Bukit Aman's top traffic cop Senior Assistant Commissioner Mohd Fuad Abdul Latiff talks to Sunday Star about cracking down on traffic offenders, tackling bribery and getting serious with Ops Selamat.
SENIOR Assistant Commissioner Mohd Fuad Abdul Latiff is a man on a mission. Promoted to the traffic police chief hotseat in February this year, the 57-year-old Malaccan is determined to keep the force “clean” and cites zero corruption as one of his main goals.
Talking about keeping the roads safe, especially with the upcoming Hari Raya balik kampung exodus, SAC Mohd Fuad says enough warnings have been given and that on-the-spot action will be taken against errant motorists.
On the light side, the father-of-four who enjoys watching Jackie Chan action-comedies, shares that he, too, is “scared” when he sees a roadblock and will always make sure his seatbelt is fastened when he gets into a car.
> What should a motorist do if he is asked for a bribe?
Get the officer’s name. If you can’t, then get his (staff) number or his vehicle number. Note the place and the time. When and where police personnel go on (patrol) duty, are recorded in a duty roster at the station so we can identify the individual.
Two months ago, a lady called me complaining that an investigating officer had issued her a summons for a traffic offence. Naively, she asked where she could make the payment and he said she could pay through him. She allegedly gave him the cash but later discovered that the fine was less than RM300. The officer denied receiving any money but when I called her, she was afraid to come forward so I had to close the case due to insufficient evidence.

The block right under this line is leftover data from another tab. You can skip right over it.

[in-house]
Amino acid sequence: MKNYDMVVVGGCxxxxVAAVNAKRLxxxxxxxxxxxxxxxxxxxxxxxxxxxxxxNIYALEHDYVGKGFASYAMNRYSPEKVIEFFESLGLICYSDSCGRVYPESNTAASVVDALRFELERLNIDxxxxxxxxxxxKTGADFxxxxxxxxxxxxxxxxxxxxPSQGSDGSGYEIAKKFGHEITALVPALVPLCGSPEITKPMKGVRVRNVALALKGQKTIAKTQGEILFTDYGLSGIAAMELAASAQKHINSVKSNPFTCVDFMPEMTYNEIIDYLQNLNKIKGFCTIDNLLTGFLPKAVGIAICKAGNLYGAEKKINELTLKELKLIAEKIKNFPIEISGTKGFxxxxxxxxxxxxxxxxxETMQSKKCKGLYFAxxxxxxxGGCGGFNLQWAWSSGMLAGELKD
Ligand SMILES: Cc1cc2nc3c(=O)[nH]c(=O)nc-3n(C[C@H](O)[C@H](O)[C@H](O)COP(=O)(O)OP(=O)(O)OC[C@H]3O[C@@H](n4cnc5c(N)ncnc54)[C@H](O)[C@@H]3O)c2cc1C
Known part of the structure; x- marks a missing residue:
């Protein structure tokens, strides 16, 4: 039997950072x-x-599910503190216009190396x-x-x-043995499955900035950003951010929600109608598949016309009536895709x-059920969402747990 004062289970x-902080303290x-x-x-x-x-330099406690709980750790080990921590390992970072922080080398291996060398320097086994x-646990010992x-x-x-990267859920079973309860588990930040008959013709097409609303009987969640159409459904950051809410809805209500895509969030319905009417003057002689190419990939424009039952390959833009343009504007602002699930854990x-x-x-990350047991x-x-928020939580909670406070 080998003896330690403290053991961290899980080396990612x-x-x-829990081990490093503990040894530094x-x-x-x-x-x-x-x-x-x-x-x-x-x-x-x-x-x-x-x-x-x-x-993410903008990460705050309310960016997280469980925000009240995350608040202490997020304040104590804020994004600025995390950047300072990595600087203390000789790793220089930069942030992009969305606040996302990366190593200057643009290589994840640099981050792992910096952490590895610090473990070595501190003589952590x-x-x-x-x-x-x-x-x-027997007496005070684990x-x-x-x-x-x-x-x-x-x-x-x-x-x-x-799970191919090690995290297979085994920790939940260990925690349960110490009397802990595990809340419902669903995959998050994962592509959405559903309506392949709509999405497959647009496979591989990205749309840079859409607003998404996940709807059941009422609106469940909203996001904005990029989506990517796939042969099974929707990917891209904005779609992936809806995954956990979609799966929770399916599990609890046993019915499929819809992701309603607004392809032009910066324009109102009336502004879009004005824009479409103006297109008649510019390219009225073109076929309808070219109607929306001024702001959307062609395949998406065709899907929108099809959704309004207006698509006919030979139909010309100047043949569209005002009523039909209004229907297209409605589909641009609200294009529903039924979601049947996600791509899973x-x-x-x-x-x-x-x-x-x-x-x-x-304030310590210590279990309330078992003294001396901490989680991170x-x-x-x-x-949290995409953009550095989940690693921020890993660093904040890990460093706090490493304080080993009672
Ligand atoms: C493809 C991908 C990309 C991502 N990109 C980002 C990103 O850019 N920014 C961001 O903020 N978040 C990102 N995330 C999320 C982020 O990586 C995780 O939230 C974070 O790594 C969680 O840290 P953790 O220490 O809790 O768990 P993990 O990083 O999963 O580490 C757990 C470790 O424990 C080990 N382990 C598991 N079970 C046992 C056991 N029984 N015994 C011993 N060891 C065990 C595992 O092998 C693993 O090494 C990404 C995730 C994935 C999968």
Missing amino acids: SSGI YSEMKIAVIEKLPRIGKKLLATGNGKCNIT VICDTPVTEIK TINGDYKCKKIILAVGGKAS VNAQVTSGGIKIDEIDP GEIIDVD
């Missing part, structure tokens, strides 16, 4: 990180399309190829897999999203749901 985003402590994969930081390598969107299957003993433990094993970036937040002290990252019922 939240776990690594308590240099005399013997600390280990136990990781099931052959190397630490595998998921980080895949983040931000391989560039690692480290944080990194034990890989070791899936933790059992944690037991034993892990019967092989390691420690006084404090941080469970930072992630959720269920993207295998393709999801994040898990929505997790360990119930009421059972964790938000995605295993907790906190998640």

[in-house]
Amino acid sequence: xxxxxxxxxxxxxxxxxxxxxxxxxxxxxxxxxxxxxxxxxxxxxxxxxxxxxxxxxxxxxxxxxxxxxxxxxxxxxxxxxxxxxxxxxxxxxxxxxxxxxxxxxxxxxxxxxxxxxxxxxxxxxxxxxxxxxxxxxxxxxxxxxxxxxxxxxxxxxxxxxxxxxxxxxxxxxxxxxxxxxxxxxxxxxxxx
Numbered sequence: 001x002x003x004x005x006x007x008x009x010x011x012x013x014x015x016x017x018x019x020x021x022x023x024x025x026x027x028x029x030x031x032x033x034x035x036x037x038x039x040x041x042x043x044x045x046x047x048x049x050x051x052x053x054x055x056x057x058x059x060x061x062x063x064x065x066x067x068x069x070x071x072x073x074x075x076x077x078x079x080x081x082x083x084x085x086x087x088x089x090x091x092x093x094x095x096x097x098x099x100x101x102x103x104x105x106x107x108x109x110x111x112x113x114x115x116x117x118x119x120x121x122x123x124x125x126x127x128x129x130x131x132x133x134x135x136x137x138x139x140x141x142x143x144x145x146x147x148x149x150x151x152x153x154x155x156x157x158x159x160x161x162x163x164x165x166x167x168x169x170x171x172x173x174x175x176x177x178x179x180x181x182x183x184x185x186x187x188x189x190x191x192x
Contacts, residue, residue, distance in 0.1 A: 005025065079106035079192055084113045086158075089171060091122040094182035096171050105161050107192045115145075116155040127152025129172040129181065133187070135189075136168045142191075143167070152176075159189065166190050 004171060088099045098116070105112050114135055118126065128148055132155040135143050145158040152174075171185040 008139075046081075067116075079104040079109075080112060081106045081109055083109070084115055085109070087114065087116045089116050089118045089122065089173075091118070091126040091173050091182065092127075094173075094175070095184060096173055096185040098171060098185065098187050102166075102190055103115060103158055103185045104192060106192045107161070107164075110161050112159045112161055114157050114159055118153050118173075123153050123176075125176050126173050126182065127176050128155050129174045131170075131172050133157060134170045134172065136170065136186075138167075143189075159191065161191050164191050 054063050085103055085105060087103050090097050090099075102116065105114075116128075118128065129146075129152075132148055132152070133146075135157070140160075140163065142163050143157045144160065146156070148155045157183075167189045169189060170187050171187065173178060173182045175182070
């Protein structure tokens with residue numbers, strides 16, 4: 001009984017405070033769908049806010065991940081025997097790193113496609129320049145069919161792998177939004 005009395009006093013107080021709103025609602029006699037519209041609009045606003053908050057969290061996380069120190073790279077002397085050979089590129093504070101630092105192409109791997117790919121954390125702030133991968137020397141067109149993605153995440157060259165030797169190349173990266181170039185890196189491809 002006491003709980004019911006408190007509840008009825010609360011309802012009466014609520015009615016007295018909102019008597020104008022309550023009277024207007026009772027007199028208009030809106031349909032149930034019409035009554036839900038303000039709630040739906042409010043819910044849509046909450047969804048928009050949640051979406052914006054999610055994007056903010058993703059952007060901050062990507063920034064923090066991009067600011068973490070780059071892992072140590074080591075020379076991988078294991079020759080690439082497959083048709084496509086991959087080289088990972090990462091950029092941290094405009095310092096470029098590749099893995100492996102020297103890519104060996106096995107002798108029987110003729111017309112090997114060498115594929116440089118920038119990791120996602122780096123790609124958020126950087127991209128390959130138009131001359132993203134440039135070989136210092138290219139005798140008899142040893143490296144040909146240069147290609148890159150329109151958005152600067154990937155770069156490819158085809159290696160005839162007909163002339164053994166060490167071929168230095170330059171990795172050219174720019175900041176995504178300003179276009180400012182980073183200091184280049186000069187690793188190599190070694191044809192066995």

I proceeded to do a thorough check of that particular station’s investigation procedure and how they accept money for accident cases. I was shocked to see similar cases and removed the bad hats involved. We are still investigating this and will take action very soon.
> Can you comment on public perception of the traffic police being corrupt? Do you think the public resort to bribery because of fear?
Social media memes (like the recent one where Thor and Loki ask a traffic policeman if the former wants “to settle”) were created because of how people perceive us. But if we are honest in carrying out our duties, we have nothing to be afraid of. I don’t think people fear us, they respect the law. Whenever I see a roadblock, I am scared too and I rush for the seatbelt (to check if I’m wearing it). Ha ha.
> Have you ever been offered a bribe?
I would be lying if I said no. I turned it down but I’ve never arrested anyone. I just tell them to keep the money and warn them that it is wrong. The public are naive. They want to escape by giving bribes. To some people, giving money is not an offence – it is a culture.
> How are you going make zero corruption a success?
The law prevents us from taking bribes because it is an offence. (But I am also focusing on) police discipline and spiritual values to fight corruption. An officer guilty of corruption can lose his job, face action by the Malaysian Anti-Corruption Commission and be jailed.